Every year, the United States has to deal with the unwelcoming wildfire season. However, some parts of the U.S., such as the Western United States and Florida, are more susceptible to wildfire season, especially during droughts.
In Arizona, the Pipeline Fire started six miles north of flagstaff on 12th June 2022. Within two days, the fire devastated 20,178 acres of land. The day the fire broke out, a large number of Coconino County residents were safely shifted to safer places. Denver and Colorado’s metro area witnessed the smoke from the fire.
In Colorado, two wildfires began in Dec 2021. High winds caused the fires to spread within hours rapidly. Multiple rounds of evacuation and the devastation of hundreds of homes were the after-effects of the Middle Fork Fire and the Marshall Fire. Authorities quickly evacuated the residents of Louisville and Superior – as wind speeds exceeded 105 miles per hour.
Official sources confirmed that the fires devastated 1,082 residential properties and seven commercial structures. The value of the residential loss is expected to be $513 million, while the commercial loss is still unknown.
Words fall short of summarizing the impact of these fires on affected individuals. Many people lost their lives. Others faced suffering on a massive scale in the form of their damaged homes, lost money and loss of family members, among others.
Some people, who were rescued to safer places, have still not returned to their homes. Moreover, the heat from these fires has also caused many farmers to lose their crops of corn and other grains that they use for food or sell at the market.
U.S. Wildfire Season: A Closer Look
When Is Wildfire Season in the U.S.?
Typically, wildfire season in the U.S. lasts between May and November. The months of June, July, August and September have the highest likelihood of wildfire. January and February have the least possibility for wildfires because it is too cold for fires to spread.
Remember – if you live in an area susceptible to wildfires, make sure you stay in a safer place, especially during the peak months.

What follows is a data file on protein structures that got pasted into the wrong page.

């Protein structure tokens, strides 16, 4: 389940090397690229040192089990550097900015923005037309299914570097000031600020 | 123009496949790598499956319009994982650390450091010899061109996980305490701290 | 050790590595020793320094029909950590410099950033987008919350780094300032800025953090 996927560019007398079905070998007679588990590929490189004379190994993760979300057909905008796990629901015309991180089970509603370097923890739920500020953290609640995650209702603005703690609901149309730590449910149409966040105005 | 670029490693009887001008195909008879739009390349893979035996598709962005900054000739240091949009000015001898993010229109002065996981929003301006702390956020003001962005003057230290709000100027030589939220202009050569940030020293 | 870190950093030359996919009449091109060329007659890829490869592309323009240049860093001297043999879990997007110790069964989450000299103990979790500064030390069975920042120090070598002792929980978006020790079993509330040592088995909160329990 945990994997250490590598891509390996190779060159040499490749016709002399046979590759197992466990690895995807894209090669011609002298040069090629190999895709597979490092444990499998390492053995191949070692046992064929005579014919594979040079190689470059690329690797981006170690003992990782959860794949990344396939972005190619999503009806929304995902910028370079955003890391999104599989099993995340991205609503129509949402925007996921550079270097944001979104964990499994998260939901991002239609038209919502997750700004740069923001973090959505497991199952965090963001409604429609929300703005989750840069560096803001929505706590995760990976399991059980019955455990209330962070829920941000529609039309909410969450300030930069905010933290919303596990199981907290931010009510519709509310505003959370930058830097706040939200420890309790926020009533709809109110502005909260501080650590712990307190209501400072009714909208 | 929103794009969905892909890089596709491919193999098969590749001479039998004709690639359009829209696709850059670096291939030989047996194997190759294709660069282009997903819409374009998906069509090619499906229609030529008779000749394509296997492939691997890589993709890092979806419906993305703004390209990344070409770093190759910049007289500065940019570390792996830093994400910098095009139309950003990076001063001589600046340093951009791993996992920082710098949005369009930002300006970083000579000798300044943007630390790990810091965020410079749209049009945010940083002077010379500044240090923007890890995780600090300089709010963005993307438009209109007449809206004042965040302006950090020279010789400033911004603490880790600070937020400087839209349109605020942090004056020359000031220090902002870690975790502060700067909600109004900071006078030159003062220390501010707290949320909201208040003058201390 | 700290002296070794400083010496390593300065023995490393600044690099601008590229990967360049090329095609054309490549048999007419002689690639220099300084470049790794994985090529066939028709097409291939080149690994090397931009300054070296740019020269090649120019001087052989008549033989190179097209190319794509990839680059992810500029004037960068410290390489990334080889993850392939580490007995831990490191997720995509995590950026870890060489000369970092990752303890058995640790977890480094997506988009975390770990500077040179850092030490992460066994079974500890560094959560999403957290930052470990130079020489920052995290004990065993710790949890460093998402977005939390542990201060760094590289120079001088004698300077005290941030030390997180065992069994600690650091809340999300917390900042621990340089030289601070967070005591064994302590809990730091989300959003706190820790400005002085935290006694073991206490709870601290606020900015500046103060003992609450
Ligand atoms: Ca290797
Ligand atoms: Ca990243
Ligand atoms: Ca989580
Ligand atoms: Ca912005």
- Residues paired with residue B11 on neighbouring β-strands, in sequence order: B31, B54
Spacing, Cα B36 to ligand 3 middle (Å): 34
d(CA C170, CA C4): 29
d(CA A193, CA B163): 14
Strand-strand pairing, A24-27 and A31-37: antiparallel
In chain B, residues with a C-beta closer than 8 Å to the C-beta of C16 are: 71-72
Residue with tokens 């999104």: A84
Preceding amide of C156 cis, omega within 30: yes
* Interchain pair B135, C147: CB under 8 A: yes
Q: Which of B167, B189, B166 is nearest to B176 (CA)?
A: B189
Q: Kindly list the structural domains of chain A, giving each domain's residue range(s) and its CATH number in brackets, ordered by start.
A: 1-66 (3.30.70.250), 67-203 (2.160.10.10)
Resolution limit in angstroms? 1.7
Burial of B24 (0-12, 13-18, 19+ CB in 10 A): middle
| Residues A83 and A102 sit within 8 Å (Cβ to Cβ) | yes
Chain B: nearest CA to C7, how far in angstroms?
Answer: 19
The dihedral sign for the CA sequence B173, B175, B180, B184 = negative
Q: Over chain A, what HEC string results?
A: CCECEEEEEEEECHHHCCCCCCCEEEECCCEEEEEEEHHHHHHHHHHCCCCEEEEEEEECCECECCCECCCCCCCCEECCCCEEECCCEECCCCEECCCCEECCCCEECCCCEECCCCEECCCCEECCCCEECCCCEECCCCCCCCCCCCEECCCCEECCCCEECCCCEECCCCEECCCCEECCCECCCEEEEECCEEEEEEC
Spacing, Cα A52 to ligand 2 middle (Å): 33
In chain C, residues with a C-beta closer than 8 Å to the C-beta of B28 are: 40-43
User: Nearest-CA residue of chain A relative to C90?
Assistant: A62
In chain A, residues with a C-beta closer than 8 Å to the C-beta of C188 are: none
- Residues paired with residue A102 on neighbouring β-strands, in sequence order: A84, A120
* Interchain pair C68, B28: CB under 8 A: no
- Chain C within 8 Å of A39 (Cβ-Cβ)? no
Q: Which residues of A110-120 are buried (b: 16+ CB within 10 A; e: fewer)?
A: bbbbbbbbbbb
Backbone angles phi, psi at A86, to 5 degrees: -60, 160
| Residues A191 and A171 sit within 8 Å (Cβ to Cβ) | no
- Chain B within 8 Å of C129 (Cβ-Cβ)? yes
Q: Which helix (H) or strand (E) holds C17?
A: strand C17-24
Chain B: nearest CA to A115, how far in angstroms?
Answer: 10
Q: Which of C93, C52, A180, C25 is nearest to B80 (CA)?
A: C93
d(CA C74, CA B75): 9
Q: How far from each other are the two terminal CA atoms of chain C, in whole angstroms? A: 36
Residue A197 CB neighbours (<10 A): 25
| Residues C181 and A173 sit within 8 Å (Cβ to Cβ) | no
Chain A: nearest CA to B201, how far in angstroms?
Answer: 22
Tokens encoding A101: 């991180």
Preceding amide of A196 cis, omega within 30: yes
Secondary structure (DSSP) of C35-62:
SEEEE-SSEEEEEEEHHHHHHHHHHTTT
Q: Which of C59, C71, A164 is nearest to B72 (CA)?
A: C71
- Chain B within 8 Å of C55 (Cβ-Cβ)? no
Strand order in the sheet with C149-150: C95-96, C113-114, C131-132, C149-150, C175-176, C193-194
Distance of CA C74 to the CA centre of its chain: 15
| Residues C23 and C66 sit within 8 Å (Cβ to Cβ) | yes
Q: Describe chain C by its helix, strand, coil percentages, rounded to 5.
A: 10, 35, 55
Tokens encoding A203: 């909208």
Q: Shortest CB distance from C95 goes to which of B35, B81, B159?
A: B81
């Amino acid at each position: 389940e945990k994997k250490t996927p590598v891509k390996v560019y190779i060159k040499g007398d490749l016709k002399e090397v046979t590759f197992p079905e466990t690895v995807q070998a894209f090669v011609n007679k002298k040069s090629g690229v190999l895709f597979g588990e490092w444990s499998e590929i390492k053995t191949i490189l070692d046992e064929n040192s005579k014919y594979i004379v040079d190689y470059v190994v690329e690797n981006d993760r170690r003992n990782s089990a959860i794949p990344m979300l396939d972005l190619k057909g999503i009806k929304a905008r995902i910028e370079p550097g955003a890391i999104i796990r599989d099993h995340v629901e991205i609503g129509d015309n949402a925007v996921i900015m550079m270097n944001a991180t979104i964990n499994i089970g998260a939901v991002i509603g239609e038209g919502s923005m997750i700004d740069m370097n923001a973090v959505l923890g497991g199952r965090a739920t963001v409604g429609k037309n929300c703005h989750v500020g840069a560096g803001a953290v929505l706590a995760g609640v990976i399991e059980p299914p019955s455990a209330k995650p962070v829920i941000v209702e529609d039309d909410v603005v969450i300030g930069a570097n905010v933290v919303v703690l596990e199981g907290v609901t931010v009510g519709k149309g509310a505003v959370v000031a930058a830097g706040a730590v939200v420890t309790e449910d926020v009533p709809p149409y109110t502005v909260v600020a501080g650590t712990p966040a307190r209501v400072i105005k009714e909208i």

Impact of Climate Change on Recent Cases of Wildfire
Various factors play a prominent role in fuelling these wildfires across the U.S. Climate change that has affected the country over the years is the most significant factor. Constantly rising temperatures have been associated with increased drought, thus skyrocketing the frequency of wildfires.
Rising temperatures and arid conditions increase the possibility of wildfires, risking not just the prone areas but also the nearby areas.
Moreover, abrupt changes in forest communities like forests and grasslands are one of the major causes of climate change. Such unstable changes in climatic conditions eventually lead to a high vulnerability to wildfires during dry spells.
How to Prepare for Wildfire Season
In this section, we’ll discuss a few valuable tips to help you prepare for this year’s wildfire season.
Upgrade Your Insurance Policy
Precaution is better than cure. The saying is true for most aspects of our lives. Thus, taking appropriate preventive measures and preparing ahead of time is the best way to protect yourself during a wildfire.
Taking precautions would mean getting an insurance policy because fire can be covered by an insurance endorsement. But make sure your insurance covers everything that can be destroyed in a wildfire.